SATURDAY MAY 2nd
Bud Light Stage (South) ...
The Vespers 2:15 P.M.
Soul Asylum 3:45 P.M.
Big Head Todd & the Monsters 5:25 P.M.
Flogging Molly 7:05 P.M.
Band of Horses 8:45 P.M.
The Avett Brothers 10:30 P.M.
FedEx Stage (Middle) ...
Copeland 2:10 P.M.
Devon Baldwin 3:30 P.M.
LeCrae 4:15 P.M.
G-Eazy 5:45 P.M.
Lindsey Stirling 7:20 P.M.
Bleachers 9:00 P.M.
Paramore 10:40 P.M.
Rockstar Energy Drink Stage (North) ...
Dead Soldiers 2:10 P.M.
Diarrhea Planet 3:35 P.M.
George Clinton & Parliament Funkadelic 5:10 P.M.
Wale 6:55 P.M.
Kenny Wayne Shepherd Band 8:30 P.M.
John Fogerty 10:15 P.M.
Pearl River Resort Blues Tent ...
Ghost Town Blues Band 2:00 P.M.
Kelley Hunt 3:20 P.M.
Kenny Brown Band 4:45 P.M.
Lurrie Bell 6:10 P.M.
Matthew Curry 7:40 P.M.
Ana Popovic 9:05 P.M.
Kim Simmonds & Savoy Brown 10:45 P.M.
MetroPCS Blues Shack ...
Terry "Big T" Williams Times Vary
Leo Bud Welch Times Vary
Leo Bud Welch
MetroPCS Blues Shack (Times Vary)
Age is nothing but a number - just ask 82-year-old guitarist Leo Bud Welch. Welch apparently once missed an audition to join B.B. King's band because he didn't have the bus fare, but he's done all right since then, touring the States and Europe many times over with his sparkle-covered guitar.
Terry "Big T" Williams
MetroPCS Blues Shack (Times Vary)
Another Mississippi bluesman that should not be missed this weekend. Williams grew up hearing stories about the blues from his grandmother, who saw legends like Muddy Waters and John Lee Hooker.
Ghost Town Blues Band
Pearl River Resort Blues Tent • 2:00 p.m.
We already gave you the lowdown on Ghost Town Blues Band as part of our cover feature (p. 14), so make sure you get to the Blues Tent early to hear songs off the band's latest album, Hard Road to Hoe.
Rockstar Energy Drink Stage • 2:10 p.m.
Another band of Memphis boys, Dead Soldiers should definitely be shown some local love when they play on Saturday. Made up of members of old Memphis metal bands, Dead Soldiers put on an entertaining live show fueled by Tennessee whiskey and good times, both of which should be on hand all weekend long.
FedEx Stage • 2:10 p.m.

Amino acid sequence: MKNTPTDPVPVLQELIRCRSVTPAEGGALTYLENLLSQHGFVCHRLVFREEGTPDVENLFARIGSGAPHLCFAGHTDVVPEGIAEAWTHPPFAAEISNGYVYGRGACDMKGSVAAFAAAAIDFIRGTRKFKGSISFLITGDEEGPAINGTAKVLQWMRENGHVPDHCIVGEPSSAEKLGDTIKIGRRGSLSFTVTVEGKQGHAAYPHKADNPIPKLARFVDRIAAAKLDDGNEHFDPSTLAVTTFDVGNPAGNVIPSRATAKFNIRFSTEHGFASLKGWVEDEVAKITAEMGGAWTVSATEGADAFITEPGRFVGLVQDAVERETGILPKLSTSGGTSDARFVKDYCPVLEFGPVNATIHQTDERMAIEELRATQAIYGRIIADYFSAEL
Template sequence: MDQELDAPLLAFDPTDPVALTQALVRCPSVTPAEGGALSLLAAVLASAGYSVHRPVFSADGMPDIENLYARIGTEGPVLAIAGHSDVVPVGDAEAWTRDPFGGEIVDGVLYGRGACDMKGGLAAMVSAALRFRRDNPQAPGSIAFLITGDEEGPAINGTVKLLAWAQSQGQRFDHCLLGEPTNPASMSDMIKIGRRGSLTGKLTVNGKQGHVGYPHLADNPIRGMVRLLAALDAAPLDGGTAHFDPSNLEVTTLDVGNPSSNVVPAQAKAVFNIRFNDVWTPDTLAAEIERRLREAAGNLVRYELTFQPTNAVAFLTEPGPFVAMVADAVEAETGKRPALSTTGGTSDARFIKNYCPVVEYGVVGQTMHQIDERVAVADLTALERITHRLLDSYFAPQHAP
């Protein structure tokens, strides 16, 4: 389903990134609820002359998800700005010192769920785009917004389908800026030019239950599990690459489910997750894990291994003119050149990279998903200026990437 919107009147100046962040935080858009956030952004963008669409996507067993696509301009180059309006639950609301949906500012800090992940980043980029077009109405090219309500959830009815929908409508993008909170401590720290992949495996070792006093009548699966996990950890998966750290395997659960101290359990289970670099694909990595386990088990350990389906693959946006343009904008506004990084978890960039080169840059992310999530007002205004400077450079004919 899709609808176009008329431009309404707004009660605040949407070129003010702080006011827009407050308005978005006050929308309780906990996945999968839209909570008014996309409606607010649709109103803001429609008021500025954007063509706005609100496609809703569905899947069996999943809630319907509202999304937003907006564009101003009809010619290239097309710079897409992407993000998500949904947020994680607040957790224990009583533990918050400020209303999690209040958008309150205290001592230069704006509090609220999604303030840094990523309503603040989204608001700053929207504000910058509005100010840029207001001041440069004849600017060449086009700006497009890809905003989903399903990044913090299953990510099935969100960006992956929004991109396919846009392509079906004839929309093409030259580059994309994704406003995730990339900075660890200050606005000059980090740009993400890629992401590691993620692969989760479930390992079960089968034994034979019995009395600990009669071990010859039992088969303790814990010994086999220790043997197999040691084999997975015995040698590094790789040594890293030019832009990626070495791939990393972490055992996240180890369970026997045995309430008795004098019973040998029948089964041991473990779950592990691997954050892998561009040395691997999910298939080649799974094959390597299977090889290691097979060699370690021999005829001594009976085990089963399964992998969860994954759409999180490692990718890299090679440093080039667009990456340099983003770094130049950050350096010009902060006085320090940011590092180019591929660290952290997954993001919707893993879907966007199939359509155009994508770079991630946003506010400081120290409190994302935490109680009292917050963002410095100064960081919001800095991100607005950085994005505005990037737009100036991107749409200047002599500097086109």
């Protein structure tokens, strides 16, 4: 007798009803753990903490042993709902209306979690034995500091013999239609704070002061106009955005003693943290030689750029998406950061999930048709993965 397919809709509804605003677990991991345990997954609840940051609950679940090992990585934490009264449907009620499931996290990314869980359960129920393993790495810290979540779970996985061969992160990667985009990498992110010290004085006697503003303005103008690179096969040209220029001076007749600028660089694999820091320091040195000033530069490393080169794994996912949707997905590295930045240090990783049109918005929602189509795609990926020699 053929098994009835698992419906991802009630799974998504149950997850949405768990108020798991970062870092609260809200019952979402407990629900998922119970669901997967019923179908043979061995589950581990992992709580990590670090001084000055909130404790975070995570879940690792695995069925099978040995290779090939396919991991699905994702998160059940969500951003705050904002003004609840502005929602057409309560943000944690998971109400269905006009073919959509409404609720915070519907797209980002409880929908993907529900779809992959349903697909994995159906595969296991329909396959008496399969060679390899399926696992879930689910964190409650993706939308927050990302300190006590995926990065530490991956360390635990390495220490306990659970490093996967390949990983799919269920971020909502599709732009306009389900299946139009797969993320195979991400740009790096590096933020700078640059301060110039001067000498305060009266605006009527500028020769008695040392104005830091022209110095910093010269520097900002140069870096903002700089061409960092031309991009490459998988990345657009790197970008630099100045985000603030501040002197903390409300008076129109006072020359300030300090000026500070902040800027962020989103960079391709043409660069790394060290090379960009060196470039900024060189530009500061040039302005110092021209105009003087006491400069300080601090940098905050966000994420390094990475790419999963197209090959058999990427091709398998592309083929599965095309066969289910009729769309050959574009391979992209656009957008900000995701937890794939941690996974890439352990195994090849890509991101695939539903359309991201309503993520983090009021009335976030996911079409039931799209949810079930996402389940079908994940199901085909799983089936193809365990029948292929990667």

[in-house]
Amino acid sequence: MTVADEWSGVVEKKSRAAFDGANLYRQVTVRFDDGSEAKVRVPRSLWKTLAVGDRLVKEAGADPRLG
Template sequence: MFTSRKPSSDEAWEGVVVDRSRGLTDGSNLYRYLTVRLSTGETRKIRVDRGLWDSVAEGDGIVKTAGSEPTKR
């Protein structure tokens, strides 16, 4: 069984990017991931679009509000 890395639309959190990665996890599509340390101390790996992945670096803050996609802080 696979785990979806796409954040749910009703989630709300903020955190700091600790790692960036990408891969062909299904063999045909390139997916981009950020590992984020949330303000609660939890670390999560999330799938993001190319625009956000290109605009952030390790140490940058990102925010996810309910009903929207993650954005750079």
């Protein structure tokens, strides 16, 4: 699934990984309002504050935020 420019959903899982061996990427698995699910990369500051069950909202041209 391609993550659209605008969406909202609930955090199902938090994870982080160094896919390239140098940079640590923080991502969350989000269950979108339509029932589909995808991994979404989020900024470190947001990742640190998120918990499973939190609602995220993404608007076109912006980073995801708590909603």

This Lakeland rock band (that's Lakeland, Florida, not Lakeland, Tennessee) has been around since 2001 and has made it clear that they are not a "Christian band" despite being associated with the Christian rock label Tooth and Nail. Their latest album, Ixora, was released last year and was the band's first new album in six years.
Bud Light Stage • 2:15 p.m.
The Vespers reside just 200 miles east of Memphis in Nashville, but we won't hold that against them. This Americana act is a family affair, with two brothers (Taylor and Bruno Jones) and two sisters (Callie and Phoebe Cryar) rounding out the lineup.
Pearl River Resort Blues Tent • 3:20 p.m.
This Lawrence, Kansas-based piano player has been at it for a while, releasing influential albums since 1995.
FedEx Stage • 3:30 p.m.
This former American Idol contestant and Bay Area native crafts modern pop songs that R&B fans would also find appealing. Baldwin has collaborated with G-Eazy (also playing Music Fest) on multiple occasions, including the YouTube hit "Let's Get Lost."
Rockstar Energy Drink Stage • 3:35 p.m.
Diarrhea Planet (DP) pack a punch with their live show that includes four electric guitarists. Hailing from Nashville, DP had a monster 2014, which included being named the best live act of the year by Paste Magazine. Musically, they fall somewhere in between pop-punk and indie rock, with enough on-stage energy to get the crowd moving no matter when they are billed.
Bud Light Stage • 3:45 p.m.
Remember that Soul Asylum video where Claire Danes has the freaky-looking shoulder blades, and all the kids at the school dance point and laugh at her, and then mid-dance, she grows angel wings? And then she's all "take that, bullies!" as she flies away. Yea, that was awesome.
FedEx Stage • 4:15 p.m.
More like cray cray. Okay, sorry. This Christian rapper has been around since 2004 and is the co-founder of Reach Records. While there probably won't be an offering plate passed around, LeCrae should provide a spiritual experience when he takes the stage on Saturday.
Kenny Brown Band
Pearl River Resort Blues Tent • 4:45 p.m.
Mentored by R. L. Burnside, Kenny Brown is an amazing guitarist from Nesbit, Mississippi. Brown's guitar work was used in Black Snake Moan, and his Memphis ties run deep.
George Clinton & Parliament Funkadelic
Rockstar Energy Drink Stage • 5:10 p.m.
We want the funk! And these guys are sure to bring it. Fronted by George Clinton, who revolutionized R&B in the '70s by morphing psychedelic rock, soul, and funk into a unique sound — dubbed P-Funk — this group knows how to throw down. If you've yet to see them in action, picture this: a big crew partying on stage, lots of dancing, wailing guitars, funky bass lines, and a little jazz horn. And did I mention a party on stage? They might just tear the roof off the sucker.
Big Head Todd & the Monsters
Bud Light Stage • 5:25 p.m.
Okay, so we already gave out the best name award, but Big Head Todd & the Monsters are putting up a serious fight for second place. Since forming in 1986, the band has released a plethora of albums, including the classic Midnight Radio album released in 1980, which featured artwork by Chris Mars, formerly of the Replacements.